Industry Insights with Paul McCormack

Security is a People Problem, Too Organizations Must Make a New Commitment to Education
Security is a People Problem, Too
Paul McCormack

Allan Bloom, an American philosopher, once said "Education is the movement from darkness to light." While companies must invest in technology to strengthen their defenses, they should not overlook the importance of educating employees and IT staff on the threat landscape as well as their role in protecting the organization.

Moving employees from "darkness" to "light" and equipping them with the appropriate tools and tactics requires a sustained effort that, while hard to measure, forms the foundation of an effective defense.

End users often lack familiarity with the techniques that cyber criminals use. 

Let's review the elements of the people problem that organizations face, as well as the foundations of a robust education program.

The Problem with People

Anyone with experience in cybersecurity knows that attackers routinely target end users. The reason is simple - end users often lack familiarity with the techniques that cyber criminals use.

Attackers typically employ the following techniques to gain access to IT environments:

  • SPAM emails that appear to come from legitimate companies or trusted sources, when in fact they contain links to sites controlled by the attacker;
  • "Watering hole" attacks deliver malware via a common gathering point for people within a particular industry or function. For example, such an attack may take place via site that caters to accountants in the hope that the visitors can be compromised, providing an entry point into their respective companies; and
  • Malvertising attacks designed to infect an end user's machine covertly during routine browsing activity.

Infected and Unsecure

If an end user experiences problems with their company computer, they will often avoid contacting the security department. Given how much employees depend upon technology, they fear that being without their computer for any period - however brief - will result in hours of lost time.

When an end user finally admits defeat and relinquishes control of their device to the IT department, they use any means at their disposal to carry on working, including the use of personal email, USB drives, online "box" storage, as well as printing the documents they need. While such tactics may violate the company's policies and procedures, employees often view such violations as necessary and forgivable. Consequently, they place the company and its data at even greater risk of attack.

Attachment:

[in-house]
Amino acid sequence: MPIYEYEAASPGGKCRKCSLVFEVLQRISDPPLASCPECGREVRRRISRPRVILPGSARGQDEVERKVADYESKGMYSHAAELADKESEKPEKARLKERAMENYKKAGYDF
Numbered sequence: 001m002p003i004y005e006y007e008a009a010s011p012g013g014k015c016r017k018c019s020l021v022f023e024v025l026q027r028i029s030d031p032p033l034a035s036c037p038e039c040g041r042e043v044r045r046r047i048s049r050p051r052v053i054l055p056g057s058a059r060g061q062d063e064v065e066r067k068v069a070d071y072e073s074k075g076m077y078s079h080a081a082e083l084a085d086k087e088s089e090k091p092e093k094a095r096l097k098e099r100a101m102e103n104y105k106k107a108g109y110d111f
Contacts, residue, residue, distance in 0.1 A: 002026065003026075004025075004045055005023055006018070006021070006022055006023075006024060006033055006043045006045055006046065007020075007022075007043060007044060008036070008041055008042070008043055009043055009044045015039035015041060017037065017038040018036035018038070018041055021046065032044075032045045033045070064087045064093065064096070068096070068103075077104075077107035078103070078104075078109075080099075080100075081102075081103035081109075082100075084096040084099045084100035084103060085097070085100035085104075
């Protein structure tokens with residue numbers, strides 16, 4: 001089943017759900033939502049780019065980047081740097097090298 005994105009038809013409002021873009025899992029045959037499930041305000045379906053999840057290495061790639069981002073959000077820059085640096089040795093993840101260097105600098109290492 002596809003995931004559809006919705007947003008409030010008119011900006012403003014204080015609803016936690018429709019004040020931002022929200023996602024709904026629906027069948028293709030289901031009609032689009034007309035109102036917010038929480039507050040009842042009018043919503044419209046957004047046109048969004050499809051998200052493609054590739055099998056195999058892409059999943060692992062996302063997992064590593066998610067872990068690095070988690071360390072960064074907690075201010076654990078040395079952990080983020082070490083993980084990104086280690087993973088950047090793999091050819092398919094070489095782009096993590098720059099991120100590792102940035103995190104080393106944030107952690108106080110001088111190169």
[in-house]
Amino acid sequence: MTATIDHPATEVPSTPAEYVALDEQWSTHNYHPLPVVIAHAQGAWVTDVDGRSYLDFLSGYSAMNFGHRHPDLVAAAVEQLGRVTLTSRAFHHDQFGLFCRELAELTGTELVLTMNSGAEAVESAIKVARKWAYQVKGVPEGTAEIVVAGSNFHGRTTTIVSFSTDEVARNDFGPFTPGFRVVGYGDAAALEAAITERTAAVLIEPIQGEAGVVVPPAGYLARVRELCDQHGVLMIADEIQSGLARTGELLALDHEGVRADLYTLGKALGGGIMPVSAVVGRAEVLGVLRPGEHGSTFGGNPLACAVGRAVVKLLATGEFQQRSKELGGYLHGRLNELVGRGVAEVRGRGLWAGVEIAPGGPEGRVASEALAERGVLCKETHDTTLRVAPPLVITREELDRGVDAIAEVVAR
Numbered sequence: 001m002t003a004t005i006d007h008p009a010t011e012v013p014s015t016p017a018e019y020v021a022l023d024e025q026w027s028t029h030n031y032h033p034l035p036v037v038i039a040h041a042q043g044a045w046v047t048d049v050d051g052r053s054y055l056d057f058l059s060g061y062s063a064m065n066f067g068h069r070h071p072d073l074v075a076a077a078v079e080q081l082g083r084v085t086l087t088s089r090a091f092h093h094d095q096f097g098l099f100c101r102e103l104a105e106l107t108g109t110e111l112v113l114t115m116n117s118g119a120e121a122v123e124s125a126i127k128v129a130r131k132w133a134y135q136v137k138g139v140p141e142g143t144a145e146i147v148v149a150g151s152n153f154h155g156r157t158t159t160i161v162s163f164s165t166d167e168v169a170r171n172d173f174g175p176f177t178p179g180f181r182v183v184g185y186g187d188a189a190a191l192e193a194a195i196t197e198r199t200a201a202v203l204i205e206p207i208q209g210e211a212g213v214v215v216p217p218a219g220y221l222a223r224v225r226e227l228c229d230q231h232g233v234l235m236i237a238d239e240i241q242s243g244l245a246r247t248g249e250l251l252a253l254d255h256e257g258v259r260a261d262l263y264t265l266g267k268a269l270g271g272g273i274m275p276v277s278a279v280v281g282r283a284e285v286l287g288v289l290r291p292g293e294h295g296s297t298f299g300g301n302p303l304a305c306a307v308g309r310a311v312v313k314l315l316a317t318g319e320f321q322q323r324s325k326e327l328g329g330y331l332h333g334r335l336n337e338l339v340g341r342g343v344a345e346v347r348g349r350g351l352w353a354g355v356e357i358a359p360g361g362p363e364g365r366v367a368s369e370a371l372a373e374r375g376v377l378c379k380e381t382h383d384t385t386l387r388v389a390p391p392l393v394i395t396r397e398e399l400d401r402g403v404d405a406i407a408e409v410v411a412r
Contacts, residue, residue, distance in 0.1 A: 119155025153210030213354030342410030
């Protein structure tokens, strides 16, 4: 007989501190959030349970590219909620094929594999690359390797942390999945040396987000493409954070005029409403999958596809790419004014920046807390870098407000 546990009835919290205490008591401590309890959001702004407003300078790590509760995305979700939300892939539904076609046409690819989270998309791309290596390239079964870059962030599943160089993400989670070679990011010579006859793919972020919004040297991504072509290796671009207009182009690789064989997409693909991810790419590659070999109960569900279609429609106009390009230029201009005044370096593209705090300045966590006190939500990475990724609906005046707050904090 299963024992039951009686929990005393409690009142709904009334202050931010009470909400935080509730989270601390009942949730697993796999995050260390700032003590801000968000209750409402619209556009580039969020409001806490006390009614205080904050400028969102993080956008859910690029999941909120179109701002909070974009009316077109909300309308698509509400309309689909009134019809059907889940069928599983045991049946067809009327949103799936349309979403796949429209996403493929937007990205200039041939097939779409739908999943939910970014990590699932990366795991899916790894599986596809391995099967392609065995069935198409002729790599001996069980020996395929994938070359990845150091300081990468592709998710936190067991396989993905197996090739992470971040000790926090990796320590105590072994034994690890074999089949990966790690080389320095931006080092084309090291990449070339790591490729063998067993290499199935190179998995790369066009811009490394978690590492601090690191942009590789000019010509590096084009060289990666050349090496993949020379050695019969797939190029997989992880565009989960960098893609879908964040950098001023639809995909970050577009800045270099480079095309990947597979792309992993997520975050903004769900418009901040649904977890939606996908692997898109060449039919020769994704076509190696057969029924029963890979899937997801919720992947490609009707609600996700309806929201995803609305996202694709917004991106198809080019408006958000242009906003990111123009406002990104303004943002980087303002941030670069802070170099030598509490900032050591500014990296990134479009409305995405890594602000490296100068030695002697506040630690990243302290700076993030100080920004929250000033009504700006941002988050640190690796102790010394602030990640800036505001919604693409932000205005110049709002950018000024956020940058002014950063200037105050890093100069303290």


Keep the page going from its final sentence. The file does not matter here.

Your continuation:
The Talent Problem

Anyone with a connection to cybersecurity knows that there is a global talent shortage. The resources that do exist must dedicate their efforts to the most severe incidents. This affects the IT department's ability to help with some of the fundamental elements of the company's cybersecurity defenses.

In simple terms, given the dynamic threat environment companies face, the limited security resources in IT department cannot be everywhere at once.

Commitment to Education

The following components form the cornerstones of an effective education program that helps companies engage their employees in the fight against cyber criminals:

  • Training must take place at all levels of the organization. Weak links exist from the C-Suite to the frontline. For the most part, attackers don't care which level of employee they compromise to gain access to an organization's network.
  • Employees must gain a clear understanding of safe habits and know how to recognize suspicious activity. An education program should teach employees safe habits to ensure they know how to recognize and cease to click on potential malware, for example. It should also detail the steps to follow if an employee receives a suspicious message or unexpected attachment.
  • Commit to continuing education of IT staff. Just as educating employees plays an important role in strengthening a company's ability to combat threats, IT employees must receive advanced training to better equip them to respond to the range of evolving threat landscape and advancing approaches to security.

Educating employees cannot stop attackers from attempting to breach a company's network. However, it can help move employees from the "darkness" of not understanding their roles and responsibilities in helping the company thwart attacks.

Ultimately, security must become a standardized, measured business process that the company commits to reviewing regularly and optimizing accordingly. An effective employee education program helps companies facilitate that goal by connecting the IT function and the business. In turn, this helps mature the organization's approach to combating cyber threats.

Cisco delivers intelligent cybersecurity for the real world, providing one of the industry's broadest portfolio of security solutions covering the broadest set of attack vectors. To learn more, visit www.cisco.com/security.

Paul McCormack, CFE, is a freelance business writer and consultant. His areas of expertise include accounting, banking, cloud computing, corporate governance, corruption, cybersecurity, executive protection, fraud, intellectual property and money laundering.



About the Author

Paul McCormack

Paul McCormack

Certified Fraud Examiner

McCormack, CFE, is a freelance business writer and consultant. His areas of expertise include accounting, banking, cloud computing, corporate governance, corruption, cyber security, executive protection, fraud, intellectual property, and money laundering.




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